Whether your search for a therapist stems from

  •   a specific crisis,

  •   a chronic long-term problem,

  •   a deep desire to live life more fully,

  •   or all three  -  take a look here.

Here is the kind of therapy you want, when therapy is what you need.  I love my work, and have been doing it well 41 years now.  My skills best represent the human side of the therapist’s art - caring, flexible and open, yet competent and professional.

Take a look inside this website.  There’s a lot of information here to help you get to know me better and for your own use to enrich your life.

It represents help for you to accomplish that creative combination of

   (a)  what your heart desires, and

   (b)  what is right for you.

Bill McDonald


verified by Psychology Today verified by Psychology Today Directory

Types of Counseling

You may be going through a specific crisis or difficult life transition. Maybe you're suffering from a chronic long-term dysfunction and want to finally make some healthy and/or necessary changes in your life.
Couples / Marriage
Only within the last half century has couples or marital therapy become a distinct discipline of its own. (Notwithstanding, some of the secrets of good marital counseling have been around for hundreds or thousands of years.
Children / Adolescents
Counseling Children and Adolescents is a distinct therapeutic art in itself.
Specific areas of expertise:

Bill McDonald's Newsletter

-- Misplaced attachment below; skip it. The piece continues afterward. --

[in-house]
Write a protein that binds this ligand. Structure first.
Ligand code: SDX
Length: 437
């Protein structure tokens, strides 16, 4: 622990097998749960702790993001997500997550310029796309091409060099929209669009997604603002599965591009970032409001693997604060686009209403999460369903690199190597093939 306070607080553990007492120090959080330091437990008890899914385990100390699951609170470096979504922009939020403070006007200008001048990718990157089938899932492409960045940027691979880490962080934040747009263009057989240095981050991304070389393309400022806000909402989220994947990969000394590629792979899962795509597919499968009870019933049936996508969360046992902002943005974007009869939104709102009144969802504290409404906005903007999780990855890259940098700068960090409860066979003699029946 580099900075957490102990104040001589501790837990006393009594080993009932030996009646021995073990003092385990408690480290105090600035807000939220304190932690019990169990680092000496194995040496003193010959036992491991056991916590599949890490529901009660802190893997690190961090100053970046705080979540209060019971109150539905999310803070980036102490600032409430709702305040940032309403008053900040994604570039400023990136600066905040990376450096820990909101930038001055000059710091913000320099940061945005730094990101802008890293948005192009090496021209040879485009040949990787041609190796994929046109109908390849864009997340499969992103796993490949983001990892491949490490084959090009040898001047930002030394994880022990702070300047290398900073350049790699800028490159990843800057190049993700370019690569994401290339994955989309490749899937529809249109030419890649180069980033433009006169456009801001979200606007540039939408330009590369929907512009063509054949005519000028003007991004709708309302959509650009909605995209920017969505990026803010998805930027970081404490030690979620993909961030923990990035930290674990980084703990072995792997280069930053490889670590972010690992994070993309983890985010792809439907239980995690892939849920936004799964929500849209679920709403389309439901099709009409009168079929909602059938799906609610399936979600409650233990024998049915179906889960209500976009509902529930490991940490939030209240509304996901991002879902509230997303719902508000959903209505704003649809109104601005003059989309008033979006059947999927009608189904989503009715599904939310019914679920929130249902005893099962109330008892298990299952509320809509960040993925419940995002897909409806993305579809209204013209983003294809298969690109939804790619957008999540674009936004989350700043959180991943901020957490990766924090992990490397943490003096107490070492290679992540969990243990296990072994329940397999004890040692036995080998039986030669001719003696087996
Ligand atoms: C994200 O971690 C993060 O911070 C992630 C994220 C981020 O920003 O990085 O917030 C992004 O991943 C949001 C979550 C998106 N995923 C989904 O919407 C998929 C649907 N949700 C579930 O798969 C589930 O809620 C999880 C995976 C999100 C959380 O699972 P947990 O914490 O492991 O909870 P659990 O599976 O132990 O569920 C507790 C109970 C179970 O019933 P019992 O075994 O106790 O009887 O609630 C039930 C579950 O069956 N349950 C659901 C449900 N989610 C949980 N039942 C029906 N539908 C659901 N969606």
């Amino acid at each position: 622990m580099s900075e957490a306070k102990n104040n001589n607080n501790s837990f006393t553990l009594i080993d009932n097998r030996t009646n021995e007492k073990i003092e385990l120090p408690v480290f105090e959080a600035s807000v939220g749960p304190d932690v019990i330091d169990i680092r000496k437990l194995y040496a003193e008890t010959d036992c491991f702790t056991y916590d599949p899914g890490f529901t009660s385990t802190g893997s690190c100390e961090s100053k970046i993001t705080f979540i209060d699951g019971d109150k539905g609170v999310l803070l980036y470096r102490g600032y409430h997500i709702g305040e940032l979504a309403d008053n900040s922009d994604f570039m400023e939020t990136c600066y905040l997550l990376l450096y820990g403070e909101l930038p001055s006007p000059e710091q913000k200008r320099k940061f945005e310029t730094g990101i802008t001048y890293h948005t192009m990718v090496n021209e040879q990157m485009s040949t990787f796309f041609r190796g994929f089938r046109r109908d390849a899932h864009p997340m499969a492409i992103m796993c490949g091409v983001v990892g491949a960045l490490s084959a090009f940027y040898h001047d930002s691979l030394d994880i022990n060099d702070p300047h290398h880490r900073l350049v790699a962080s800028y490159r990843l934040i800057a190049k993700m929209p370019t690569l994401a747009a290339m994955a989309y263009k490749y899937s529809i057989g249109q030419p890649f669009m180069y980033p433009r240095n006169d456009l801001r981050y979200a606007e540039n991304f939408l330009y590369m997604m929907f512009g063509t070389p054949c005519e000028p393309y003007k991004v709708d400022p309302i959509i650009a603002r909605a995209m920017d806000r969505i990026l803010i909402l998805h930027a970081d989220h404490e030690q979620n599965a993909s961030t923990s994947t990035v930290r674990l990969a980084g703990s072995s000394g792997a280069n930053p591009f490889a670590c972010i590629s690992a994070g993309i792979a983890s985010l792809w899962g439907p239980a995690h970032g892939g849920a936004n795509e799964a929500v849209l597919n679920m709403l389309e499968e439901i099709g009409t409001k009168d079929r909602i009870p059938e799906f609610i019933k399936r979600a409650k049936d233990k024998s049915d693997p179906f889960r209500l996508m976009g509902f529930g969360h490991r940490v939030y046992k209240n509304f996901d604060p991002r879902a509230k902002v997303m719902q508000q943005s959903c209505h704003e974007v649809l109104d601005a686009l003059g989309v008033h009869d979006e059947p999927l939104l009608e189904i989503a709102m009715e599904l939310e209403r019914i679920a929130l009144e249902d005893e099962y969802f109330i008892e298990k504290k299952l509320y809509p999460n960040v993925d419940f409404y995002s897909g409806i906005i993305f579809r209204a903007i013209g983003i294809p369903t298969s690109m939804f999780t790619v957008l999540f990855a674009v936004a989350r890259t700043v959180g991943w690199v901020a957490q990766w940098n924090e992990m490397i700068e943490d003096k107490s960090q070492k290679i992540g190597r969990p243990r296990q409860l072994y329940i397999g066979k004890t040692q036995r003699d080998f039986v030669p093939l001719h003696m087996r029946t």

Anonymous Benevolence

There have been five days since the incident itself and my first sitting down here to write about it. Five days to spend processing what happened to me, and more importantly, what it continues to mean to me, and what it can mean for others.

Here’s what happened

One evening, I was working late in the ‘back room’ of my office suite, having seen my last client and sitting with the ever-present paperwork that’s a necessity part of my work. Then realizing I hadn’t eaten since mid-day I decided to go across the street to a bakery-restaurant that graces my professional neighborhood. It’s an up-scale and friendly place - where sometimes I can’t pronounce what’s on the menu, but it’s always satisfying to the palate. The soup of the day was a (very) Spicy Indian tomato, to be followed by a sweet dessert and a cappuccino.  

The room was only about a third occupied, it being later in the evening. Ahead of me and to my left was a table which looked to be a family of four, two parents and two young adult children. There was no specific interaction between myself and them. In time they finished and left. A short time later, my waitress came to me and said “Your meal has been paid for” - pointing out the empty table I’ve just mentioned.  

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Thoughts for Living More Fully

That sorrow which is the harbinger of joy is preferable to the joy which is followed by sorrow. -Saadi, poet (c. 1213-1291)